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I tried out this implementation of TD-PSOLA (https://github.com/sannawag/TD-PSOLA) and even though I know how the algorithm works, I can't understand why I get NO audible differences in the output when using f_ratio = 0.5, given that f_ratio = f_new/f_orig.

I've tried printing the length of 'peaks' (that would be the total number of peaks) arrays from both, the original signal and the new signal, by using find_peaks() again after shift_pitch() returns the output. I got these results:

f_ratio                            #orig_peaks                    #new_peaks
1                                    417                            416
0.9                                  417                            389
0.8                                  417                            403
0.7                                  417                            396
0.6                                  417                            324
0.5                                  417                            404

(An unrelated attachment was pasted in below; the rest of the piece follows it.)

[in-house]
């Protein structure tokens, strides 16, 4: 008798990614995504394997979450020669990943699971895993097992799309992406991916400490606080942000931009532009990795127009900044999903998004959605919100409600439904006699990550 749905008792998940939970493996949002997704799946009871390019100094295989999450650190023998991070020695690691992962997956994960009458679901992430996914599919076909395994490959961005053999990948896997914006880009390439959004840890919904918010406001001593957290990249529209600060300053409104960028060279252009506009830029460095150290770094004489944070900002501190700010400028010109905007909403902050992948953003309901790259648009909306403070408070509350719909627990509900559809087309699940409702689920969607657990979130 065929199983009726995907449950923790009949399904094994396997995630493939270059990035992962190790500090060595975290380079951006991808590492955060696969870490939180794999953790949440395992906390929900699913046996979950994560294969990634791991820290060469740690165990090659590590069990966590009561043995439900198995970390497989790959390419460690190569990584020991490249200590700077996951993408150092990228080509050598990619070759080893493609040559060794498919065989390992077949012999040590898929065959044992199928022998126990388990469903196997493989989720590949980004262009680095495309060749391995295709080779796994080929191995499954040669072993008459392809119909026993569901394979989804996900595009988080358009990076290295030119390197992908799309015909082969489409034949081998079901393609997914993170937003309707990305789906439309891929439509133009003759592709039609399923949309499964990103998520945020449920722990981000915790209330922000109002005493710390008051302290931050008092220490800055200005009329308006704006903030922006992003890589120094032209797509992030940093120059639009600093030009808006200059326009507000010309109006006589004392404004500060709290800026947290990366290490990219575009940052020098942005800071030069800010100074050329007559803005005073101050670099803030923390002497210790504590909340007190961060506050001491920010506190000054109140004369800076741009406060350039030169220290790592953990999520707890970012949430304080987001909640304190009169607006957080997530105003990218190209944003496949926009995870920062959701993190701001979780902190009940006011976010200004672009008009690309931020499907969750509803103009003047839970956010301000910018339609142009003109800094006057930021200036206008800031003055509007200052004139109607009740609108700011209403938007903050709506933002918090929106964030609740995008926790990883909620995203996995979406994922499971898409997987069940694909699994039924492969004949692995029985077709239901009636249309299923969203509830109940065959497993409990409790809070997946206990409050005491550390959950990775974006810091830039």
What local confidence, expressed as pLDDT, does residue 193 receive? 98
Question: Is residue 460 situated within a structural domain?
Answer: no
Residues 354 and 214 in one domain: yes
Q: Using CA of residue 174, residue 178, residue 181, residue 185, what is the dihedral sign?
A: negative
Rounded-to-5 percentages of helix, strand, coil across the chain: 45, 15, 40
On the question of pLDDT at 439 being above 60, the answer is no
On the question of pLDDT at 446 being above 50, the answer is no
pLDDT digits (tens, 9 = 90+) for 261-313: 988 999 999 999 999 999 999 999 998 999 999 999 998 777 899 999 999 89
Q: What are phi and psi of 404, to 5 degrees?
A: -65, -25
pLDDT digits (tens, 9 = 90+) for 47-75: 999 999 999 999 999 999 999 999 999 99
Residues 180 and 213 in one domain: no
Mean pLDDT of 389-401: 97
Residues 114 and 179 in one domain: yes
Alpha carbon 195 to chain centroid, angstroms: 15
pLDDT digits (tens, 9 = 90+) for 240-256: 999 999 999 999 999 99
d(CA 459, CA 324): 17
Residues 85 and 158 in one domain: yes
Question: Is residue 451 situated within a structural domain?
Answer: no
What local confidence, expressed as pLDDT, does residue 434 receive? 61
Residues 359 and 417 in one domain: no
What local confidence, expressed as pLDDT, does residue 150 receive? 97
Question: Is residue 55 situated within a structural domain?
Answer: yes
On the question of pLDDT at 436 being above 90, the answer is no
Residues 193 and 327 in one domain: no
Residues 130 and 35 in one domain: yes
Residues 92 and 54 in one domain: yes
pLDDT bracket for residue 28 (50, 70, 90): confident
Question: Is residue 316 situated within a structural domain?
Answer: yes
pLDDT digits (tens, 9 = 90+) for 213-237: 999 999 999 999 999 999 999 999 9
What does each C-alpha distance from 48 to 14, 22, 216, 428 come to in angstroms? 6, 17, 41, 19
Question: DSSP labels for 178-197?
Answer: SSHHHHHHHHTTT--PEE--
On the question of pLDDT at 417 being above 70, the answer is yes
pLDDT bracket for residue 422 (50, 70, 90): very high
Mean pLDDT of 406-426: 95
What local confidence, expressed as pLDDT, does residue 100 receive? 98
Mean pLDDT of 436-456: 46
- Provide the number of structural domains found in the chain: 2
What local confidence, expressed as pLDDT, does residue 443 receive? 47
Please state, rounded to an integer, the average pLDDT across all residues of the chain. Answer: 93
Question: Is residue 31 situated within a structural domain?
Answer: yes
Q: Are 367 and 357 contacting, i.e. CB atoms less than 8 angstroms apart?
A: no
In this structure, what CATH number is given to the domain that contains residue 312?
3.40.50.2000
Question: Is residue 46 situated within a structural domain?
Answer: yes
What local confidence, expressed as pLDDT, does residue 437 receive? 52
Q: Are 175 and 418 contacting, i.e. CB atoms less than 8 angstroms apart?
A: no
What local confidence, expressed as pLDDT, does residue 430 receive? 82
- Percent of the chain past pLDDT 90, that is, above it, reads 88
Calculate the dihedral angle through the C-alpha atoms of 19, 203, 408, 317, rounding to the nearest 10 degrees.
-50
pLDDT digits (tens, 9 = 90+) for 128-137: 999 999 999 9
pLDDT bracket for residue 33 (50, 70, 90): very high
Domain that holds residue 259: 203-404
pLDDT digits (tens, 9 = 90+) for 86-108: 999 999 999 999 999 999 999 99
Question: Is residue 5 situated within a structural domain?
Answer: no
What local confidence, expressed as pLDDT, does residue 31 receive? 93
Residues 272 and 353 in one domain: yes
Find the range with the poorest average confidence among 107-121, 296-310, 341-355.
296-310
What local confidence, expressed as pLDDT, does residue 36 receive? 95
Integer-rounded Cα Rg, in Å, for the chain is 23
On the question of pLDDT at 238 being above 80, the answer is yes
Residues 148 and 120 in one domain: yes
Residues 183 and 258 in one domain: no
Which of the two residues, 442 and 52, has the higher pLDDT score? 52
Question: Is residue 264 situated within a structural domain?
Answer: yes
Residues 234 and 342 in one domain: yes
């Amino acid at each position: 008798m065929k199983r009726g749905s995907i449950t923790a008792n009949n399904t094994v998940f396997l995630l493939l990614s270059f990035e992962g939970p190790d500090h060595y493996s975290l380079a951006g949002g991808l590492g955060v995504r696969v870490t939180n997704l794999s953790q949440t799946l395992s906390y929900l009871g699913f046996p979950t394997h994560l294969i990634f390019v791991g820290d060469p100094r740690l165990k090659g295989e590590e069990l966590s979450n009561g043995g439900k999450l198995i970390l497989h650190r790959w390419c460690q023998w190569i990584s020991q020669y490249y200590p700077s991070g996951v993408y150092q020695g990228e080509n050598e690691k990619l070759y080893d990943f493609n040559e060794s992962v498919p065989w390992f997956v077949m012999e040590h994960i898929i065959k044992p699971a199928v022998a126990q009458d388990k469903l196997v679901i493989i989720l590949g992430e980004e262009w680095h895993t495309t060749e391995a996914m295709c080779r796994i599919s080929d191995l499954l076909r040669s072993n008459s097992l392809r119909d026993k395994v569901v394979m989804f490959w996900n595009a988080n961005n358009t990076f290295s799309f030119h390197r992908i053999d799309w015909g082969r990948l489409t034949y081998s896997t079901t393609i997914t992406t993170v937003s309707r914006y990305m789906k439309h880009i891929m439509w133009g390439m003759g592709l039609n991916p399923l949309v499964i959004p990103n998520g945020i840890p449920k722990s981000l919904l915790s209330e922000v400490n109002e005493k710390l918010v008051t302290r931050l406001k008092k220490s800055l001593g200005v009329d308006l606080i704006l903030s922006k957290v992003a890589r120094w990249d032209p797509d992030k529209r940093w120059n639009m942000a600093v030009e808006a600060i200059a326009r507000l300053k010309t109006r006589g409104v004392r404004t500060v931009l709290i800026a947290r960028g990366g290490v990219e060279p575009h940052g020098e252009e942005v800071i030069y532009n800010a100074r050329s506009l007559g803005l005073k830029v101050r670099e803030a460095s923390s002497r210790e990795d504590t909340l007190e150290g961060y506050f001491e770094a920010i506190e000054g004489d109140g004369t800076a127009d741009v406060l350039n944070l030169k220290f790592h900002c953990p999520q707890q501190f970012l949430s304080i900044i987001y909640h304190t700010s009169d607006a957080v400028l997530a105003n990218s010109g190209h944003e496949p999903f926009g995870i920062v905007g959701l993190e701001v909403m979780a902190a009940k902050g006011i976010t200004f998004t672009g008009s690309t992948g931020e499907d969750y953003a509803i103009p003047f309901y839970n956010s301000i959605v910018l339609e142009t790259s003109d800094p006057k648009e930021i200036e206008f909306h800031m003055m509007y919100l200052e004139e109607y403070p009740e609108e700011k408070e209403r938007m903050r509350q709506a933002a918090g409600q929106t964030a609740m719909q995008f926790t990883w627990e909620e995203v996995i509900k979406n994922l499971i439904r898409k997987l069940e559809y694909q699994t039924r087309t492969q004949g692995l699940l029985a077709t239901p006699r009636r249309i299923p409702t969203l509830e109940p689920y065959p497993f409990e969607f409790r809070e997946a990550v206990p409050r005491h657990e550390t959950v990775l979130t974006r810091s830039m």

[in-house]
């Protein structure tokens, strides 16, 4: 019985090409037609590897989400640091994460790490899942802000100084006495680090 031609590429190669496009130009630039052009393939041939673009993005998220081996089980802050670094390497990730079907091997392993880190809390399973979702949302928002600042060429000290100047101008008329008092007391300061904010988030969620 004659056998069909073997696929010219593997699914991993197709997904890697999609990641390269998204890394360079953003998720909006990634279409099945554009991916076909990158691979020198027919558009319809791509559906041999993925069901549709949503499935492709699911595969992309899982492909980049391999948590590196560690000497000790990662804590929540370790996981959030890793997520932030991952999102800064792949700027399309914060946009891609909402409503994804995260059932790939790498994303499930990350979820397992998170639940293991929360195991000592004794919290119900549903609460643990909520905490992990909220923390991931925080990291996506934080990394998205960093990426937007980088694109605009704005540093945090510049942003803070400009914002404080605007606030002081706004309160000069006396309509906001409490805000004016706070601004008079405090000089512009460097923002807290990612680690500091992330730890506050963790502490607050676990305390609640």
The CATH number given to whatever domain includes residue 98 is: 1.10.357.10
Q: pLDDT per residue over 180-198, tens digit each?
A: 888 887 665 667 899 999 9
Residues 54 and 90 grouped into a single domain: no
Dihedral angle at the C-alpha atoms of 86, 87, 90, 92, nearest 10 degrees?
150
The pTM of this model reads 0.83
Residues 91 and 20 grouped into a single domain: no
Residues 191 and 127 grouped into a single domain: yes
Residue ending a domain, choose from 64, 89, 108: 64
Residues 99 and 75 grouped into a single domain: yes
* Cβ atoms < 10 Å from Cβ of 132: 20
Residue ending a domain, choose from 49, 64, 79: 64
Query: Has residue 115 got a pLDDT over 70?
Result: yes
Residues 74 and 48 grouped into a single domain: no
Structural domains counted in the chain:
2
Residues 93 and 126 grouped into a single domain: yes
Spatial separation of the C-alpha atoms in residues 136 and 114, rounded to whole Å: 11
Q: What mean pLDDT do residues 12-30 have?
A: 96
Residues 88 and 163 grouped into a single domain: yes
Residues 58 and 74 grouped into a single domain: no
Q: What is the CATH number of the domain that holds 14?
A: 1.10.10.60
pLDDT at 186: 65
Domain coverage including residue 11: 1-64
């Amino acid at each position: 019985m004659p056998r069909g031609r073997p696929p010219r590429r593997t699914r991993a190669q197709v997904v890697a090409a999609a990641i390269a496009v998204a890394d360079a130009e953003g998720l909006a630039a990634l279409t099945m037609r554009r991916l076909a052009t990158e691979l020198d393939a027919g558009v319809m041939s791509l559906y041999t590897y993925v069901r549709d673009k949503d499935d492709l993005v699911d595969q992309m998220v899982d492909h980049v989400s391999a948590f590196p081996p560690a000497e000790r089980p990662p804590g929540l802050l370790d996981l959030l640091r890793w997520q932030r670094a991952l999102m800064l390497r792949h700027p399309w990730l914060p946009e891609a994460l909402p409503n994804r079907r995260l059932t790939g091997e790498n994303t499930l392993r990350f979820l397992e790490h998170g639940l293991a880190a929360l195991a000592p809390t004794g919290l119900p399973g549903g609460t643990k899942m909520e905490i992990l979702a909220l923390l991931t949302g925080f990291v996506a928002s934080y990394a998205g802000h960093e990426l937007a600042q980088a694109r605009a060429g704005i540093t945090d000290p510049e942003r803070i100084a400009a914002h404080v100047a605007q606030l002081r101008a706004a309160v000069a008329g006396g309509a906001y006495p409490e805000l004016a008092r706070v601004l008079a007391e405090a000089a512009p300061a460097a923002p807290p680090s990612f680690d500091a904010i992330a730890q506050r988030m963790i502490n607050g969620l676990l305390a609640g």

This looks completely nonsense to me.

I've already tried using another windows (numpy's Hamming, Hanning). Of course, it has to have something to do with the overlap-and-add process...right?

Any help would be greatly appreciated.

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  • $\begingroup$ The audio that are you using to test are in somewhere ? We can listen ? $\endgroup$ – ederwander Nov 5 '19 at 11:35
  • $\begingroup$ As I can't upload the files, the easiest thing to do is to run the .py itself I guess :( $\endgroup$ – Rama Feichu Nov 11 '19 at 23:11
  • $\begingroup$ I have implemented this algorithm in matlab and C, my code works great for monophonics sounds, maybe the Pitch Track from this python code fails(is just one basic autocorrelation code), to this code works nice in a large number of monophonics sound, you need a ultra super power pitch track algorithm, you can see my code working here $\endgroup$ – ederwander Nov 12 '19 at 10:44

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